Rest on the flight into egypt by Titian

Titian’s ‘Rest on the Flight into Egypt’ is up for auction

Culture News

Christie’s Old Masters Part I auction on 2nd July will include a work by Titian that has been lost, stolen and hung on walls across Europe. Rest on the Flight into Egypt has an estimate of £15million to £25million.

Tiziano Vecellio, known as Titian, created works in his early career which were often modest in scale and characterised by a careful application of paint, in contrast to the expressive brushwork of his later years. An exemplary piece from this period, Rest on the Flight into Egypt, will be featured in the Old Masters Part I sale at Christie’s in London on July 2, 2024. This painting, inspired by the biblical story from the Gospel of Matthew, depicts the Holy Family resting during their escape to Egypt to avoid King Herod’s wrath.

The painting’s composition places the Holy Family against a radiant sky, framed by a serene pastoral landscape. Despite the intimate scale of the work, the figures are rendered monumentally.

Titian captures a tender moment between mother and child, with the Madonna embracing a somewhat restless Jesus. Joseph, shown slightly apart, reflects exhaustion in his posture and facial expression, adding to the painting’s emotional depth.

Titian’s exact birth year is uncertain, but it is generally believed to be between 1488 and 1490. This would place him in his late teens or early twenties when he created Rest on the Flight into Egypt, showcasing an impressive grasp of sentiment and human emotion for such a young artist. The painting also hints at Christ’s future, with the white swaddling cloth alluding to his burial shroud. The large tree echoes Joseph’s posture, providing a symbolic shelter for the Holy Family.

Venice and Titian

Titian exhibited a remarkable aptitude for art from a very young age. According to legend, he amazed those around him as a child by painting a Madonna on a wall using flower nectar for colours.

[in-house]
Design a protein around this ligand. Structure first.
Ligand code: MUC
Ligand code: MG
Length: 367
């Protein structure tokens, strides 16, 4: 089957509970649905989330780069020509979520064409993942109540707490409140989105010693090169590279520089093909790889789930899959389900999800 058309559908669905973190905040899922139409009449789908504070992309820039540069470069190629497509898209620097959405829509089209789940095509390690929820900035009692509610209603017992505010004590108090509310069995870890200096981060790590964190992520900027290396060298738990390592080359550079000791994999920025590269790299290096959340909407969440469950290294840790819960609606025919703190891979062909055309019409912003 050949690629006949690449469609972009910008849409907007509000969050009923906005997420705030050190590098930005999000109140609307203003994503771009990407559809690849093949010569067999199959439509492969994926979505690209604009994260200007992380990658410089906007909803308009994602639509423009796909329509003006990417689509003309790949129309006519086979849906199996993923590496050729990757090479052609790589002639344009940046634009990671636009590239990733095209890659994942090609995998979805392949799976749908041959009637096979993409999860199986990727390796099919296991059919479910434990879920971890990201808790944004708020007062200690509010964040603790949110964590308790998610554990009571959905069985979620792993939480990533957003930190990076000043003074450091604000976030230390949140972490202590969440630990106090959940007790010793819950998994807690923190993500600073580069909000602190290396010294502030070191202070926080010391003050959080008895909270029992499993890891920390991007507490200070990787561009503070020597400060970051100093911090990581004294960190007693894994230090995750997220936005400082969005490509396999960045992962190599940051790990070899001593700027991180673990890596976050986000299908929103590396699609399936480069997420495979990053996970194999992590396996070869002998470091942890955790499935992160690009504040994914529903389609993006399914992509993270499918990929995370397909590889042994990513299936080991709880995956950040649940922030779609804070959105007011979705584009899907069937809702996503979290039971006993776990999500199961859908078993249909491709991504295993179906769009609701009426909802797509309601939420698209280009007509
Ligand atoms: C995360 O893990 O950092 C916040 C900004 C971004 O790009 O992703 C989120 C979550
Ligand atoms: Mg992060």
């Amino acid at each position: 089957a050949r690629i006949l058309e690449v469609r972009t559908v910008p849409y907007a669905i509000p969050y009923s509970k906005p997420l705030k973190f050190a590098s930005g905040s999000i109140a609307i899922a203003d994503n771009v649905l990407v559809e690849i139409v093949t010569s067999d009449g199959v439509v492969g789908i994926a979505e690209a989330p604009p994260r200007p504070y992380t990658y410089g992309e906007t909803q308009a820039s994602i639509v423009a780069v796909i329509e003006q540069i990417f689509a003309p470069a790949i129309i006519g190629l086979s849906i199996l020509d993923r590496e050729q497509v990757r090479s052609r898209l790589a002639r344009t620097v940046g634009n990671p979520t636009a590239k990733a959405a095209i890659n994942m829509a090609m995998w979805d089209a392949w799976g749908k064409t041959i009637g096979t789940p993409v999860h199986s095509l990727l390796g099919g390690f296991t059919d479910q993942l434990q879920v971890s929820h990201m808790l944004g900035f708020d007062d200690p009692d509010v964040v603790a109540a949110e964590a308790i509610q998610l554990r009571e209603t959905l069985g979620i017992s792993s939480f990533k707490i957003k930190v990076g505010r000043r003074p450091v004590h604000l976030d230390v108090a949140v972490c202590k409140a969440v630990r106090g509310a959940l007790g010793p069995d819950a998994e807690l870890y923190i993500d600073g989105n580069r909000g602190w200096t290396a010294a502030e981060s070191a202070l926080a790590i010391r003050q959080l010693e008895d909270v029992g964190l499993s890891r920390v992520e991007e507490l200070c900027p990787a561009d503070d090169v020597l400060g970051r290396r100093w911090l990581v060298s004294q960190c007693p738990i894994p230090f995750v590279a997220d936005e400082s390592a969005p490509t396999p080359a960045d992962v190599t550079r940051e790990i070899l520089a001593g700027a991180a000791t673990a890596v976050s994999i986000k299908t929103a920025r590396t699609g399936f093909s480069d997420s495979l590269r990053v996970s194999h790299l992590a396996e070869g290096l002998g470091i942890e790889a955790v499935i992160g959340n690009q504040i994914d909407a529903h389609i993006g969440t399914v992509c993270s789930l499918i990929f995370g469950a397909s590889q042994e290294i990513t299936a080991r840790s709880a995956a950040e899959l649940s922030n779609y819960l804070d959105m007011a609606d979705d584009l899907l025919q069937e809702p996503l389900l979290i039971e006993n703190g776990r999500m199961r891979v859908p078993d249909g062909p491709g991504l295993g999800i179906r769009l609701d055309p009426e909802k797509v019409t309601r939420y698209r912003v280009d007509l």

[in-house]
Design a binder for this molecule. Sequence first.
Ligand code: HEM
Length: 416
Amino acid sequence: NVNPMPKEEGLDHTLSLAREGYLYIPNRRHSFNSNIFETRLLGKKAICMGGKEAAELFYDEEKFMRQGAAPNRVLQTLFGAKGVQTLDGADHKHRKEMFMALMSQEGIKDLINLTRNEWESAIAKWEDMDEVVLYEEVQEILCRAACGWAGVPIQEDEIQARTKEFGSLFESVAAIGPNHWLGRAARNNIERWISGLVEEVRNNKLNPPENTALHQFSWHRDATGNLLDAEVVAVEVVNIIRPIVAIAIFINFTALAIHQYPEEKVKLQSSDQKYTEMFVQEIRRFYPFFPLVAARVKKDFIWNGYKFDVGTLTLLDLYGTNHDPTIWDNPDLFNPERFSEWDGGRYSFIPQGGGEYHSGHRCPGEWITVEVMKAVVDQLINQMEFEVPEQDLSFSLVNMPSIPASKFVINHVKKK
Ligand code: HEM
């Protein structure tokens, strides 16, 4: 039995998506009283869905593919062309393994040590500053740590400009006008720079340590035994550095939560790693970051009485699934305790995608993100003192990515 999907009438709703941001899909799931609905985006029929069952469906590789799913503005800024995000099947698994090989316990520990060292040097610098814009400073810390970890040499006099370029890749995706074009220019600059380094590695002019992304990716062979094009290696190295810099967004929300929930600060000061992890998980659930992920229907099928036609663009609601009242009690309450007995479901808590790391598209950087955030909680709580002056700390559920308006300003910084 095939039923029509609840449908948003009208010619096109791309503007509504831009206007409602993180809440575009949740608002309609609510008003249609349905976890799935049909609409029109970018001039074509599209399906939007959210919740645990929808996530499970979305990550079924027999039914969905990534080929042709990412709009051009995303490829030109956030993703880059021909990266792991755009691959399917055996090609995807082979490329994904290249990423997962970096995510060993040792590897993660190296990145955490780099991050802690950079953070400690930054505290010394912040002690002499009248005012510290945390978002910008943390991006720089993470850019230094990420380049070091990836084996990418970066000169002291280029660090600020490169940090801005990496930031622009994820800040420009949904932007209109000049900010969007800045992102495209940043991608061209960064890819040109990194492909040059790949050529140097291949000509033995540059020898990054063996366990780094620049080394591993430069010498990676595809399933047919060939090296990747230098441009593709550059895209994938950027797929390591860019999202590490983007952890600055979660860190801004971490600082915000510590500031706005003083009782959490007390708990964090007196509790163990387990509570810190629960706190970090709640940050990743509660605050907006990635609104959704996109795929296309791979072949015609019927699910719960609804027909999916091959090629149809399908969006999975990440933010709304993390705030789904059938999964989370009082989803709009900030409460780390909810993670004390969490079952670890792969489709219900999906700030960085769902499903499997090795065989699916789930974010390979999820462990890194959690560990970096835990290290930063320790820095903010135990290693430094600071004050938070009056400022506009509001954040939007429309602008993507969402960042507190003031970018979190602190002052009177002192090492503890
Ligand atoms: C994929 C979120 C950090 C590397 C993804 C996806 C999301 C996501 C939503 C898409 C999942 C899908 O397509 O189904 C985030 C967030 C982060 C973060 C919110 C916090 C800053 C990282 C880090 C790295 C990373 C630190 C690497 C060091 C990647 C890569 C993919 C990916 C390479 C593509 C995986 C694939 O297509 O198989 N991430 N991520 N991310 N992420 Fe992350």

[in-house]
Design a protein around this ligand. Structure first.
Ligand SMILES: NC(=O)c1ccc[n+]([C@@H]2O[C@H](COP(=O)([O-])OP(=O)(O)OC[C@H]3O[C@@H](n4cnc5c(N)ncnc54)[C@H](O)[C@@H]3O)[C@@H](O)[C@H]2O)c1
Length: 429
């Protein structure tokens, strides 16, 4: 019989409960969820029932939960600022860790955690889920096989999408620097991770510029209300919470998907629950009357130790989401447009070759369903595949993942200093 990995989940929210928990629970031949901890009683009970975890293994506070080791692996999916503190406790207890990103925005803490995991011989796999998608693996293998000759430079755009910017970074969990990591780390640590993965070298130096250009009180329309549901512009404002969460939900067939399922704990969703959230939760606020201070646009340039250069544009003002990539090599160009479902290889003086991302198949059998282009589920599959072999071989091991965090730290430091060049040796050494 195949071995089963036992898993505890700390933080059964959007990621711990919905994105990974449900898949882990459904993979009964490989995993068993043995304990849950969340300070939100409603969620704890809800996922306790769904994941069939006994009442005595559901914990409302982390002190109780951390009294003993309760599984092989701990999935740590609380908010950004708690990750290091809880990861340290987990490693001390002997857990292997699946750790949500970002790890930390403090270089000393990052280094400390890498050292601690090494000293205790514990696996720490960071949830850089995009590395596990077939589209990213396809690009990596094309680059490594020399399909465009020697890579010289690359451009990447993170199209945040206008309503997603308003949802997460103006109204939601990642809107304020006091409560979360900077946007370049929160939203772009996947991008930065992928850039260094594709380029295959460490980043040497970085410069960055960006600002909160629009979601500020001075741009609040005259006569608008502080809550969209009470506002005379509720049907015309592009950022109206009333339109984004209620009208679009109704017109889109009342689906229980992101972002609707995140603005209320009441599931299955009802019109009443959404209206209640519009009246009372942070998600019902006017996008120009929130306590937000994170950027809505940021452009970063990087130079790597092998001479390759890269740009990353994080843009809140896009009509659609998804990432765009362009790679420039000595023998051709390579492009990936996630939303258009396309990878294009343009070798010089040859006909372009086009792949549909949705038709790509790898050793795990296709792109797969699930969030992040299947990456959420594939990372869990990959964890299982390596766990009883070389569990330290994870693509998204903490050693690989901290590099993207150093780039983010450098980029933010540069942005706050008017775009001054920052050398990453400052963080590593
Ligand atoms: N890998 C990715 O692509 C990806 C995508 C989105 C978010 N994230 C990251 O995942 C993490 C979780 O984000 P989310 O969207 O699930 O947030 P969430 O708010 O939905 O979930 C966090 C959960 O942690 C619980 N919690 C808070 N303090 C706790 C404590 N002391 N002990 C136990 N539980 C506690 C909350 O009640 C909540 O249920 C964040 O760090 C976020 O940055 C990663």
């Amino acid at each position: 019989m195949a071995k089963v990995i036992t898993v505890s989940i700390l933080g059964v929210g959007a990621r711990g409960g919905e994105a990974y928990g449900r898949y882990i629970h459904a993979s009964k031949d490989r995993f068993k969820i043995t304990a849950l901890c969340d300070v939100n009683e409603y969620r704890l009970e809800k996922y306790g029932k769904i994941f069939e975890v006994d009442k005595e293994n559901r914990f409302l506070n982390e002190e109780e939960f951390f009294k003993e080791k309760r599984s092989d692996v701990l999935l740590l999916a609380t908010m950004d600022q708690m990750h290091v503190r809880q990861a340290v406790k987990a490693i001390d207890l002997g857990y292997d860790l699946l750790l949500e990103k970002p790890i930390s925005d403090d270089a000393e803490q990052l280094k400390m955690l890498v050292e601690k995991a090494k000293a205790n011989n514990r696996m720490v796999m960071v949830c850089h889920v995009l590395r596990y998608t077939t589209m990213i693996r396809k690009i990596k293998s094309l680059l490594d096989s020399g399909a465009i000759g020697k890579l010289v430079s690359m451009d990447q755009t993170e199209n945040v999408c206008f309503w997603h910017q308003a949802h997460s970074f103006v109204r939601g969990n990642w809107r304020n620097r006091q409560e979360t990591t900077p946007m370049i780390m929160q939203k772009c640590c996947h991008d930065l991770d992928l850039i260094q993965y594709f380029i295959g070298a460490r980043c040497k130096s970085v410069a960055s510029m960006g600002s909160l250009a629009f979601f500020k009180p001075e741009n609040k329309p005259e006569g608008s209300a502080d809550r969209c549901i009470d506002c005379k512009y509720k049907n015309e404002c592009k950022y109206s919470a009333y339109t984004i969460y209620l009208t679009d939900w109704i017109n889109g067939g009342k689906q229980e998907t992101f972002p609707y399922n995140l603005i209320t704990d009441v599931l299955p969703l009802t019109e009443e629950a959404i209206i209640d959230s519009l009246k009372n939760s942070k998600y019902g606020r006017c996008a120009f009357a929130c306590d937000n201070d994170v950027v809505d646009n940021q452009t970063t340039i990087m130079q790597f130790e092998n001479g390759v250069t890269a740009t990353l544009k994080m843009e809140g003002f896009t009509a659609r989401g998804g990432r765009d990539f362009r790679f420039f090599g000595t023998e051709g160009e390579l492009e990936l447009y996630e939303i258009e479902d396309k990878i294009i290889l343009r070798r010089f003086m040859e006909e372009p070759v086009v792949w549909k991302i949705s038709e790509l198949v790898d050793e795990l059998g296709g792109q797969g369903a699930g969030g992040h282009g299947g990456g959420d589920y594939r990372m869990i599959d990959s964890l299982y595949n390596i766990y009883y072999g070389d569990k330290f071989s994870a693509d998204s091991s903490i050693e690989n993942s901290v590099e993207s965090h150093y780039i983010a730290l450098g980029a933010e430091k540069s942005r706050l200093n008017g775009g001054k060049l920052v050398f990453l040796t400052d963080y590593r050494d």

Read: short biography of Titian

Recognising his prodigious talent, his family sent him to Venice around age 10, where he became an apprentice in Giovanni Bellini’s workshop, the foremost painter in the city at that time.

Venice’s status as a hub for trade in dyes and textiles gave artists access to vibrant pigments, which is reflected in the rich colours of Titian’s work. Mary’s deep red robe, contrasted with her ultramarine-blue cloak and Joseph’s bright yellow mantle, exemplifies this vivid palette.

History of Rest on the Flight into Egypt

The painting was first recorded in the early 17th century in the collection of Bartolomeo della Nave, a Venetian spice merchant known for his impressive art collection. After della Nave’s death, his collection was acquired by James Hamilton, Duke of Hamilton, in 1638 and brought to London. Following Hamilton’s execution in 1649, Archduke Leopold Wilhelm of Austria acquired the collection, including Titian’s masterpiece.

Leopold’s vast collection, displayed in Brussels and later in Vienna, included over 1,300 paintings by renowned artists. Rest on the Flight into Egypt was even featured in David Teniers’ kunstkammer paintings, celebrating Leopold’s collection.

The painting eventually found its way to Longleat House in Wiltshire after being acquired by John Alexander Thynne, 4th Marquess of Bath, in a Christie’s sale in 1878. It remained there until it was famously stolen in 1995, only to be recovered seven years later by art detective Charles Hill.

This masterpiece, cherished by aristocrats, archdukes, and emperors for its vivid depiction of familial love amidst nature, has had a storied journey. As it heads to auction, its legacy continues. What will be the next chapter?

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